LSU's defensive line play has shown why it can be a dominant group come the start of conference play. The Tigers can go at least two deep at every spot along the defensive line and have the athletes to move players around as well.
That creates exciting possibilities, even when a significant part of that group goes down. With Andre Anthony's season ending injury one of the headlines of this week, the focus turned to how LSU would be able to recover from Anthony's injury. The shift LSU has decided on has been to move freshman defensive tackle Maason Smith to left defensive end, a position that coach Ed Orgeron believes is a long term possibility for the freshman star.
"Maason has a chance if you look at a prototypical left defensive end in the NFL, he's a left defensive end," Orgeron said. "That's where most of the runs go to and you want a big defensive end to play over the tight end. He's very athletic to play in space so I think he has a chance to be a dominant football player there. He showed some things, he's a great inside rusher, he's learning how to play outside. I think he's just scratching the surface."
Smith will join sophomore BJ Ojulari and senior Ali Gaye on the edge to create a potentially lethal 1-2-3 punch as pass rushers for the Tigers. The freshman, who stands 6-foot-6, 292 pounds has impressed the coaching staff with his adaptability to be used all across the defensive line. Orgeron also said that Gaye will be back in the lineup this weekend against Mississippi State.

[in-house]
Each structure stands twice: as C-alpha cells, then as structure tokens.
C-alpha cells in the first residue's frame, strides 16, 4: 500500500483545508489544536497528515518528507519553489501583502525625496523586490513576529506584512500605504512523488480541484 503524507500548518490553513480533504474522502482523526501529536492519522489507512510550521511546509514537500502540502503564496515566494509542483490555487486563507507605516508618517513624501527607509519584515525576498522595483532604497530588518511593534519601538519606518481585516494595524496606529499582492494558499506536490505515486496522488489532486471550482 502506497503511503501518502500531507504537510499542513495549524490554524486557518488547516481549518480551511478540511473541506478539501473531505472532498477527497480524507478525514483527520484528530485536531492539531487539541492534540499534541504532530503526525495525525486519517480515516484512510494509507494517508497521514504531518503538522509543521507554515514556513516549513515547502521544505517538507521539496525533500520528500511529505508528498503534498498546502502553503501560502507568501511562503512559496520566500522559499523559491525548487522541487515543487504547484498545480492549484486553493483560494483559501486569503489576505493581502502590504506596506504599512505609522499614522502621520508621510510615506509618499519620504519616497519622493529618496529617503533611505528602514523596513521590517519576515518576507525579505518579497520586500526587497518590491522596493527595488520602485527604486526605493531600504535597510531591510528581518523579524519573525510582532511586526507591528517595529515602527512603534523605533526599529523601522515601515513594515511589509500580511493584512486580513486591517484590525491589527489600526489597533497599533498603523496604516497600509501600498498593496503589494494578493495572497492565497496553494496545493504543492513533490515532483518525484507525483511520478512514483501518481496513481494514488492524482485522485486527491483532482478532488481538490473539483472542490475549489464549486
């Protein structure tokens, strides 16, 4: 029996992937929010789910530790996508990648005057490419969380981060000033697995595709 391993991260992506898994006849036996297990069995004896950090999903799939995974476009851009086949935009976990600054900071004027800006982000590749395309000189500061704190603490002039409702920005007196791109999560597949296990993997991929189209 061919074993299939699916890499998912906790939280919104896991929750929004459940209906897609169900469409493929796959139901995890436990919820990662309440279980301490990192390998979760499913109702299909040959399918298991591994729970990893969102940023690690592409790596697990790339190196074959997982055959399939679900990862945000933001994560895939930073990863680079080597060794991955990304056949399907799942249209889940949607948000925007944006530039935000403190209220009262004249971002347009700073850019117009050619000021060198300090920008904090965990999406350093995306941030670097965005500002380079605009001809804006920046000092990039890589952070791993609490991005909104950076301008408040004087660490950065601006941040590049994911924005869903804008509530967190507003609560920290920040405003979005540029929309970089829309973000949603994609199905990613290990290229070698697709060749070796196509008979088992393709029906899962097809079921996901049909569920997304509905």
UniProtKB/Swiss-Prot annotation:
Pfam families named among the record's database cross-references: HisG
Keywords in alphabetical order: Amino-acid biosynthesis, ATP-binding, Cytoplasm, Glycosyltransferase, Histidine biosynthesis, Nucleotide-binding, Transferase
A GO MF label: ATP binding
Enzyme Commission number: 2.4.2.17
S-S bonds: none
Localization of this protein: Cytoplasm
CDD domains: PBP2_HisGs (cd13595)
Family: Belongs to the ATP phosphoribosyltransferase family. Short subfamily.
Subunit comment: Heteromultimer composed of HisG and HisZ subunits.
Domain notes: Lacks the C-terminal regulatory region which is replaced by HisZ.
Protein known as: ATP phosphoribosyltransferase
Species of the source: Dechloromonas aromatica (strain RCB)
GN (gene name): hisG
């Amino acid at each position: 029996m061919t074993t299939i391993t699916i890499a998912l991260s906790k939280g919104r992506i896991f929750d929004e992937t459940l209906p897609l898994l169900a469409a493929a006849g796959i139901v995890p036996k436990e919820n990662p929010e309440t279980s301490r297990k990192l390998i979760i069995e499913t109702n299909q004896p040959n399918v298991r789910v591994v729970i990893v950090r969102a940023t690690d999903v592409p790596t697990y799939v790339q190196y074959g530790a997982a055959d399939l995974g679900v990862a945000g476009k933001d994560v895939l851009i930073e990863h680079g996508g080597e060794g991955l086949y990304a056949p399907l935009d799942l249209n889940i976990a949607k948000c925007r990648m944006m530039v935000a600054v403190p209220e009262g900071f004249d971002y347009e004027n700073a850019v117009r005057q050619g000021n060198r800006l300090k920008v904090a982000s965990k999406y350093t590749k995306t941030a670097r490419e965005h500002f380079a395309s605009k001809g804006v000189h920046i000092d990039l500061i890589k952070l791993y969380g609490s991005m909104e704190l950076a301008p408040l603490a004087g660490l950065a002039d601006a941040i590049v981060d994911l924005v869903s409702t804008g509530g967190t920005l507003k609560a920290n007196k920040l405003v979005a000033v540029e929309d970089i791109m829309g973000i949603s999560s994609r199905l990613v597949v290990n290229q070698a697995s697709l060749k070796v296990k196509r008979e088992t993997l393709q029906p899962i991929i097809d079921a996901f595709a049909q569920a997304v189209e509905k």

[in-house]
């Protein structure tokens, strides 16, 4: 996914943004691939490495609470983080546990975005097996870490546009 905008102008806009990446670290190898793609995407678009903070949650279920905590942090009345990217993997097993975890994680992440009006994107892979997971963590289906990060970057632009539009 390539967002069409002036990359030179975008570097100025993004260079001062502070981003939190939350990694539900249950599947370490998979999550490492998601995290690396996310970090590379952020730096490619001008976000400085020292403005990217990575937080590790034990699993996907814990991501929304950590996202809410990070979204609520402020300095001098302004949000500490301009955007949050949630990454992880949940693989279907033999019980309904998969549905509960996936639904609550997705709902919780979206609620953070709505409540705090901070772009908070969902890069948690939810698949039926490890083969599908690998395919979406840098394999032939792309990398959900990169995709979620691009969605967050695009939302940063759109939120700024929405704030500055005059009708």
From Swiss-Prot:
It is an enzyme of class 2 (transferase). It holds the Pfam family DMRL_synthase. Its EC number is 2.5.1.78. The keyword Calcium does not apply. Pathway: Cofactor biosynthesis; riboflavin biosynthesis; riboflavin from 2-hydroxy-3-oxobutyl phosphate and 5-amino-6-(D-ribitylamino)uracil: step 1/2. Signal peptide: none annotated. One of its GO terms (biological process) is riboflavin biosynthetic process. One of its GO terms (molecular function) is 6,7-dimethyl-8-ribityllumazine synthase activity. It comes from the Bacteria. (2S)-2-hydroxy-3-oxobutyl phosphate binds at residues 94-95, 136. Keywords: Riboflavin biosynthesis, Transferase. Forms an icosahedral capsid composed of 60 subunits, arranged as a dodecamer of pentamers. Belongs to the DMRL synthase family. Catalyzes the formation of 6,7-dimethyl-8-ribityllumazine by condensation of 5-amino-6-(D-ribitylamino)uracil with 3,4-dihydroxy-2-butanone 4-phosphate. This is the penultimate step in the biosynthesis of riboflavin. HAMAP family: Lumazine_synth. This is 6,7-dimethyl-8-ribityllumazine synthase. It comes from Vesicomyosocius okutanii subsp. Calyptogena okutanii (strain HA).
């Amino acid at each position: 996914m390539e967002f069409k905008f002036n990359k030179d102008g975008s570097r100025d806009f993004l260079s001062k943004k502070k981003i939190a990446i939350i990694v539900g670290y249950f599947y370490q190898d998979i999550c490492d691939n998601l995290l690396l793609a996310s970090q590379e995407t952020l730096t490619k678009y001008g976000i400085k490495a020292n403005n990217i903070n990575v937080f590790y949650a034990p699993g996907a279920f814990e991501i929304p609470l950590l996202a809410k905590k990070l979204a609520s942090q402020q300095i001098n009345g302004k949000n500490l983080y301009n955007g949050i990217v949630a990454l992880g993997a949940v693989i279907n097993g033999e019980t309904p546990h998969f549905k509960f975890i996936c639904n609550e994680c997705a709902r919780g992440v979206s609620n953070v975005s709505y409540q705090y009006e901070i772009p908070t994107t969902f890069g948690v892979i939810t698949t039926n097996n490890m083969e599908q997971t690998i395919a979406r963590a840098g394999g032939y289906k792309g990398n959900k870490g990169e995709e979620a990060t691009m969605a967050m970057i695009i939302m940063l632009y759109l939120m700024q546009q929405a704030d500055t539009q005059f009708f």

LSU figuring out its rotations up front is necessary for this Mississippi State game in particular because there's a very real chance part of the defensive strategy will be to rush only three players. Dropping seven or eight guys against a heavy passing offense like the Bulldogs will eat up a lot of the field and if the defensive line can still find ways to pressure quarterback Will Rogers, the Tigers will have success Saturday.
"BJ is playing more, he's playing the right end, we're playing more of an attacking style defense, we got him wider," Orgeron said. "Last year we had him right on the tackle which is not condusive to making plays in the backfield. He's rushing every time so that's helping."
But with Smith moving to the outside, what does that do for the depth on the interior defensive line? Joseph Evans, Neil Farrell, Jaquelin Roy and Jacobian Guillory have all come on strong at the start of the season on the interior so LSU is still in very good shape in keeping its rotations fresh.
Orgeron even hinted that senior interior lineman Glen Logan could be nearing a return after a foot injury has kept him out most of the fall. The Tigers have the depth at each position to feel comfortable that rotating these guys in and out won't diminish the product on the field and also keep players fresh until the very last snap.
"I'm really pleased," Orgeron said on Off the Bench. "They played their best (game against CMU). I thought (Joe Evans) played his best game. Neil Farrell is playing at a high level right now. Jaquelin Roy is becoming the dominant player we thought he could be, and Jacobian Guillory has probably grown the most. We have a four-man rotation right there that we feel really good about.”